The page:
This is a time when forgotten skills are awoken to help us survive, and hopefully thrive, under challenging circumstances. From, cooking to yoga, we all are reaching back to our prior lives to reinvent what is normal. For us, how we teach our children at home is evolving as remote schooling continues. At first, remote classes were engaging, but soon both of my daughters yearned for more. Luckily, I taught at the University of Oregon where we explored student-led instruction with the students driving the goals for the course. For my courses, Micro Economics, students chose topics and I guided them to use Economic principles to answer their questions. Here are some examples:

  • How can we migrate to renewable energy faster?

  • Why are tuition and books so expensive?

This was more challenging than traditional methods but the rewards were great. True, my ratings improve but, more importantly, many students embraced Economics. Fast forward to today, my kids want more. Teaching is a stressful endeavor. We feel pressured to make sure our kids meet goals, deadlines, and milestones. What I learned, from my students, mentors, and daughter’s teachers is a simple truth, there are no set milestones. Milestones create walls when we need to create paths.

The first major project was HarmoniousWorlds.com which I talked about in a prior post. This project, a website outlining rules to a game they created was spawned by asking them how to resolve a dispute over the game. They saw the need to define and write down all the rules. This gave them ownership and well-defined goals. They pushed their language and math skills to make sure they could explain the game to their friends. When crafting posts, they took photos and consider how to best present the material to a general audience. The trick was to make sure they were not blocked in achieving their vision without taking over and marginalizing them. While my eldest embraced the project and quickly took command my youngest had difficulties once the initial rules were created.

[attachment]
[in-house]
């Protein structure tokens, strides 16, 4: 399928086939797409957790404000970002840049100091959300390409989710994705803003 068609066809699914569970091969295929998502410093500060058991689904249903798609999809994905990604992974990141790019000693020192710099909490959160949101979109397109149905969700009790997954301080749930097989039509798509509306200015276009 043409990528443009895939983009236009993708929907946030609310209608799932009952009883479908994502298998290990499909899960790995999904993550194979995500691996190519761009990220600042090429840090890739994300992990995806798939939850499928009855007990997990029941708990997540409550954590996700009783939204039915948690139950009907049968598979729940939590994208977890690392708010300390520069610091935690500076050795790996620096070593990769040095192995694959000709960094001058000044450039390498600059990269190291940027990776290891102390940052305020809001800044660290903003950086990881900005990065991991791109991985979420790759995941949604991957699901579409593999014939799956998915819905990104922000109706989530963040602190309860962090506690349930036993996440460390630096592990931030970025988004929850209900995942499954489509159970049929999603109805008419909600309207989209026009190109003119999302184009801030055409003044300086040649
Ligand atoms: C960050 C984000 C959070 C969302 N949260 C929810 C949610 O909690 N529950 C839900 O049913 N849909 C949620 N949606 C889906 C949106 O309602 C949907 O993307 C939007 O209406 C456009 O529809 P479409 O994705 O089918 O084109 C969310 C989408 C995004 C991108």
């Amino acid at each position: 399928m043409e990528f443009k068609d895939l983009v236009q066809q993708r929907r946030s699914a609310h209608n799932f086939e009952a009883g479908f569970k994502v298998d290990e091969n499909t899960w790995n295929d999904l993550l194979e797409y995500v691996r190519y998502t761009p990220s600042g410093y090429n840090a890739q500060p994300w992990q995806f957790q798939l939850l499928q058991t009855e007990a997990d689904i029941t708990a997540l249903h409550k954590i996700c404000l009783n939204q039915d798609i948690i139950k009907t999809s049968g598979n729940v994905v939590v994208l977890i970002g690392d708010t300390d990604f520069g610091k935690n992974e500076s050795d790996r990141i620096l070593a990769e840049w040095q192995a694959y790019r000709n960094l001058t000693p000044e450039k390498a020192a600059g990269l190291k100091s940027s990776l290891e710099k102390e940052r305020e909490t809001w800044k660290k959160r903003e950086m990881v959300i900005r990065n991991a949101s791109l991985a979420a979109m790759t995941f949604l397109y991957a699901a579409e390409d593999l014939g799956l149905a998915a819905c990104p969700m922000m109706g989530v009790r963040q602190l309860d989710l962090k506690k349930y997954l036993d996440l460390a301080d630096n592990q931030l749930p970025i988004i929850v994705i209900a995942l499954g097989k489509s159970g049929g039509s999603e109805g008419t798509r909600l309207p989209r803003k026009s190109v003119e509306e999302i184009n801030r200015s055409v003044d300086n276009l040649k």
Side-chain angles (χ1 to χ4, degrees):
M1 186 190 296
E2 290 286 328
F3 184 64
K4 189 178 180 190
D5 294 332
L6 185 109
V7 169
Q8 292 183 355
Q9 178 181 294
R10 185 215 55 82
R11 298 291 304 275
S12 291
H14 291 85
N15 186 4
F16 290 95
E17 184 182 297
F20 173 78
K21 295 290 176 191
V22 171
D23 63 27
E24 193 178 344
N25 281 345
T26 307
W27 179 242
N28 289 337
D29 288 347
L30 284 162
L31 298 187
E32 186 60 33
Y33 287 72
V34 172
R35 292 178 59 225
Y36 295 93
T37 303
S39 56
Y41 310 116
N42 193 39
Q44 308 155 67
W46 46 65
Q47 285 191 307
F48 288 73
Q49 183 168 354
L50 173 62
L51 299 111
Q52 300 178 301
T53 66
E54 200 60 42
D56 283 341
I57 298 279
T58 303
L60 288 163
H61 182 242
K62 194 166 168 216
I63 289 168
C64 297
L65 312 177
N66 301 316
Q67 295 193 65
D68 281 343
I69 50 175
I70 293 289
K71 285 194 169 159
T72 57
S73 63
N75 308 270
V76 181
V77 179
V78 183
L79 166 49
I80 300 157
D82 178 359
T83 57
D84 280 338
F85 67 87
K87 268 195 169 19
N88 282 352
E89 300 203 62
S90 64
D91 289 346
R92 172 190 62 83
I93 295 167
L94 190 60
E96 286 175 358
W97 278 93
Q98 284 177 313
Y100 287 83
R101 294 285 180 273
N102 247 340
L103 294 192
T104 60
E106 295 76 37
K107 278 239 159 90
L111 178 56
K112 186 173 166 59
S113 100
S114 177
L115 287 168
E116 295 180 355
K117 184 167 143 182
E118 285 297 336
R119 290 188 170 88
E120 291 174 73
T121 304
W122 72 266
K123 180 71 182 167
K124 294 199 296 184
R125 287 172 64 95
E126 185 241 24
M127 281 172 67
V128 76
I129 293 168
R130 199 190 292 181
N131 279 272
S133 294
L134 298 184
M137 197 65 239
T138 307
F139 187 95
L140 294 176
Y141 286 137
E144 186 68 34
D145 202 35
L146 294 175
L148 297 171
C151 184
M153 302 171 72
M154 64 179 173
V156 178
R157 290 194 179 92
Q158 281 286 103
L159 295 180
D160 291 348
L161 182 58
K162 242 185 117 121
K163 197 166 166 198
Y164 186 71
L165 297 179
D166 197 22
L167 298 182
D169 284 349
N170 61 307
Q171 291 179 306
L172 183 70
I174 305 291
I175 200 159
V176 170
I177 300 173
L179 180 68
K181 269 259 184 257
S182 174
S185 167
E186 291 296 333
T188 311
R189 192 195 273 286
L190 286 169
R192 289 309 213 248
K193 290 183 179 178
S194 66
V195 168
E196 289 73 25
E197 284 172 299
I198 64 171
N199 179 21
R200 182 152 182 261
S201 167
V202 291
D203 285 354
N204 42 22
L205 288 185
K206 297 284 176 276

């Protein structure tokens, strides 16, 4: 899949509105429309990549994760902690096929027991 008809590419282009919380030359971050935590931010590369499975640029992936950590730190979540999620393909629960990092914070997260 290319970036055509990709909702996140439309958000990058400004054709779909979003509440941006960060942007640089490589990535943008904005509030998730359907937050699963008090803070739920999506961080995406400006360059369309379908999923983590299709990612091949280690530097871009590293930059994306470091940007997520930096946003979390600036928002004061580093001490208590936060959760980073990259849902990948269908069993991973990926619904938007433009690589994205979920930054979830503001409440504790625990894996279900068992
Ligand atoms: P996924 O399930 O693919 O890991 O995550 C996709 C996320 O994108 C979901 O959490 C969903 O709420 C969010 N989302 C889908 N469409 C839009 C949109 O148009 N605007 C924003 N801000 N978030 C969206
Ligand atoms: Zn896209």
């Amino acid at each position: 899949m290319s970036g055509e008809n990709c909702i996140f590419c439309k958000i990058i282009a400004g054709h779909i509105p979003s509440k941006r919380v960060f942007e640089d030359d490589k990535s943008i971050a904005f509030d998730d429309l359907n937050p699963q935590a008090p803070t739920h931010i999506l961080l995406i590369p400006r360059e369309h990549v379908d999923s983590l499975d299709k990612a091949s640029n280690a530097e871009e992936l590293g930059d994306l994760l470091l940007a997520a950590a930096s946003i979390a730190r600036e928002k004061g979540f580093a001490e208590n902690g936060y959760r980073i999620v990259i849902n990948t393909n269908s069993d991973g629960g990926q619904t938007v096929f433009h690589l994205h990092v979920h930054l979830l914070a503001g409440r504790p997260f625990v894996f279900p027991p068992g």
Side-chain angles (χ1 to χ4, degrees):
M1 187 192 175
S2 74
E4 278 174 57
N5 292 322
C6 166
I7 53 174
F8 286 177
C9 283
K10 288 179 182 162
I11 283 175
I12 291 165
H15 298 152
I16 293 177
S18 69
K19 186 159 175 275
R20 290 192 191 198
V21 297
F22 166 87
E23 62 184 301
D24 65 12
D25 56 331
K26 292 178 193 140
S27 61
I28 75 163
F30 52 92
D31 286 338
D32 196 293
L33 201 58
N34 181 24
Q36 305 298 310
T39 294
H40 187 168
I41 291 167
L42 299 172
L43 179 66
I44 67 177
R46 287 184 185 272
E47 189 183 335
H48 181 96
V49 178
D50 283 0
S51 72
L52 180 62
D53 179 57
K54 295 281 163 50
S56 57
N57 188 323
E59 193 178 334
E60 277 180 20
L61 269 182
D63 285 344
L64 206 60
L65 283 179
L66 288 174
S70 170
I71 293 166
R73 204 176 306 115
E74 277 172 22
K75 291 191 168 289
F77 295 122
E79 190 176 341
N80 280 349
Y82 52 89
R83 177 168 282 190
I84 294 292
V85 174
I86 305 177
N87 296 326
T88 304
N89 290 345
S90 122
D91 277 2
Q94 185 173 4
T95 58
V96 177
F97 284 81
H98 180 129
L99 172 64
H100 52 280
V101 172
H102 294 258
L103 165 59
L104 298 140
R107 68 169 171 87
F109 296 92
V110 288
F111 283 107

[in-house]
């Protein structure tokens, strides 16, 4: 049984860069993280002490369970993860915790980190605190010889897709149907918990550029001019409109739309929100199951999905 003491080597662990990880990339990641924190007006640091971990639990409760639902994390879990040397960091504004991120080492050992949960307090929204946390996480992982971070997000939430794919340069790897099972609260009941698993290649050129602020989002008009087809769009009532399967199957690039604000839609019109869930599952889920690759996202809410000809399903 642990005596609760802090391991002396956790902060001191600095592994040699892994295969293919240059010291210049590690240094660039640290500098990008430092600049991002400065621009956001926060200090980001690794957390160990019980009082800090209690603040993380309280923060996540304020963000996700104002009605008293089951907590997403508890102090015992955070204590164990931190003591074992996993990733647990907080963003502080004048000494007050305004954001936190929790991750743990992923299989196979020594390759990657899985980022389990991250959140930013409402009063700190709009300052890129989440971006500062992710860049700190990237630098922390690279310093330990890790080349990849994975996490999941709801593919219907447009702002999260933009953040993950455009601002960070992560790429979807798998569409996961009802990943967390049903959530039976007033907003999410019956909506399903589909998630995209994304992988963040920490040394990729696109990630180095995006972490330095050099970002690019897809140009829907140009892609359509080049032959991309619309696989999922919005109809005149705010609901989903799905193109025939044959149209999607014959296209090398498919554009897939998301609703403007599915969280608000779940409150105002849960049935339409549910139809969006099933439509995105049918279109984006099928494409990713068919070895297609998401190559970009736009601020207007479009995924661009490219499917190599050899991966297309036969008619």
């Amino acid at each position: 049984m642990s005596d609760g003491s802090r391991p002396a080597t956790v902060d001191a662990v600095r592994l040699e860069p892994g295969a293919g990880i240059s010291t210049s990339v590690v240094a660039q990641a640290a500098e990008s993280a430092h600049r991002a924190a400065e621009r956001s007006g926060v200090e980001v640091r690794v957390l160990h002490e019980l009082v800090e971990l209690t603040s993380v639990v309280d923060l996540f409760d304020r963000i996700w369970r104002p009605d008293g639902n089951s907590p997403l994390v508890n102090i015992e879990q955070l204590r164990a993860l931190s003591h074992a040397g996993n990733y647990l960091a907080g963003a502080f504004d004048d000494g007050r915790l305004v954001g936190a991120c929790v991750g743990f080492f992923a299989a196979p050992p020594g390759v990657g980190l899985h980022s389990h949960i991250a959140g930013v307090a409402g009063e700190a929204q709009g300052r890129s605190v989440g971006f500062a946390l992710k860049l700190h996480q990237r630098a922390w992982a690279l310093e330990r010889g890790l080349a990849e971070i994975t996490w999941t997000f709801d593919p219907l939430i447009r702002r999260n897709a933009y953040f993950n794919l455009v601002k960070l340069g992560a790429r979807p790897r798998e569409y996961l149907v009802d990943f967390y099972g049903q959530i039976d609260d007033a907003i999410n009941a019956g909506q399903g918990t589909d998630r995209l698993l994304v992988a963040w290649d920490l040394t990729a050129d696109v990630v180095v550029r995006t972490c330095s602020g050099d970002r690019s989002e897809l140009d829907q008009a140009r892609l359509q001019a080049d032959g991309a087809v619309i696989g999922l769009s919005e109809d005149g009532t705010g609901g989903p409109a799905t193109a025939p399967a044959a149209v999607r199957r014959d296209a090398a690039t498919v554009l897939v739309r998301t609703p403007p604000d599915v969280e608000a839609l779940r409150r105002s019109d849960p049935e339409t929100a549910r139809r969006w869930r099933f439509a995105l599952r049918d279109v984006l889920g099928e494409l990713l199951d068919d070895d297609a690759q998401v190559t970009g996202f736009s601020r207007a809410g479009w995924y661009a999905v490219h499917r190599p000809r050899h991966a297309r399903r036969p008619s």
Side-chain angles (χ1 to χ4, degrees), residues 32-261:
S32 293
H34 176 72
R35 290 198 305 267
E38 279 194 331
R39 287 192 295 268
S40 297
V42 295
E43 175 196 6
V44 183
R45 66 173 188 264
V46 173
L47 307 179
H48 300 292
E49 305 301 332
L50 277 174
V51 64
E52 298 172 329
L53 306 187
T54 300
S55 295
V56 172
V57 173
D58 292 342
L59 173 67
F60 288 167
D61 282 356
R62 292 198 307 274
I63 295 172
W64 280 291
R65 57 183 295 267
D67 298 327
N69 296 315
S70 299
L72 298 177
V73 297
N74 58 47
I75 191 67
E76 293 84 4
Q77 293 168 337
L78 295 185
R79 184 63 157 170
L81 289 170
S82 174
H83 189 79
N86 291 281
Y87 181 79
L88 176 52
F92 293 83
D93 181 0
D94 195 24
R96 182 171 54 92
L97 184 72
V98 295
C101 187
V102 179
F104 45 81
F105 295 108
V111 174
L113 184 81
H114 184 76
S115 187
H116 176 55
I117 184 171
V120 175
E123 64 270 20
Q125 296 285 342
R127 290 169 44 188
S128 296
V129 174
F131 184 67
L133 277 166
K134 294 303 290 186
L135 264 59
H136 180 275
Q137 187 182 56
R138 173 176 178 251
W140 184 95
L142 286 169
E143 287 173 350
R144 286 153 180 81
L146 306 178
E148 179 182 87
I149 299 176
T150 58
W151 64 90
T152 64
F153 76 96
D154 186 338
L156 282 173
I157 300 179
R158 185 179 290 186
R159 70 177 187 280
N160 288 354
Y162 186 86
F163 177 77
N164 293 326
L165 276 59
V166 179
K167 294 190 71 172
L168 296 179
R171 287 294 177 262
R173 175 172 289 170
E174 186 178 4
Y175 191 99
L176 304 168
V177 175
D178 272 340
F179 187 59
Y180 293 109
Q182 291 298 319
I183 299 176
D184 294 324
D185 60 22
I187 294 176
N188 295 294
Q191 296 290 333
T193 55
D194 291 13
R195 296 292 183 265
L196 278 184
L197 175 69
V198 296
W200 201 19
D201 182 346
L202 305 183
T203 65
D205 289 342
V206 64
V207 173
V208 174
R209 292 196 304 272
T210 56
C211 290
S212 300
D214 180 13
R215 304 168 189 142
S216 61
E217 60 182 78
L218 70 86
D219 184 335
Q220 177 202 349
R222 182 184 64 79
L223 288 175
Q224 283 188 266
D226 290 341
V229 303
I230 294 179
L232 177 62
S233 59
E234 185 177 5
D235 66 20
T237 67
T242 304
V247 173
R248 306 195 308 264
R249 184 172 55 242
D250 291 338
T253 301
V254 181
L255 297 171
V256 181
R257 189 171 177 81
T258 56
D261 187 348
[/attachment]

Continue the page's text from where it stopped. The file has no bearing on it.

In the prior post we created a curriculum that, after the initial set up, was not engaging for our youngest daughter who was just beginning to read. So, we focused on helping her achieve a long time goal of hers, creating a graphic novel. She picked a topic (for example, enchanted forest) and we created sentences, mostly using words we knew she understood, based on that topic. It was her job was to read each sentence and create a drawing based on it. We framed this as working together to create a book rather than an assignment. After several days she had a book of sentences with pictures that she drew. She then used this as reference material to create her own stories and even wrote her own sentences that we would have to draw for her. While these examples sounded like organized plans, they were not. Both grew organically with the children contributing as much to the plan as us. The truth is all kids want to learn. As parents, we can choose to guide them rather than educate them. Both paths are challenging. For us, working to help our daughters meet their goals made homeschooling more fun it brought us closer together.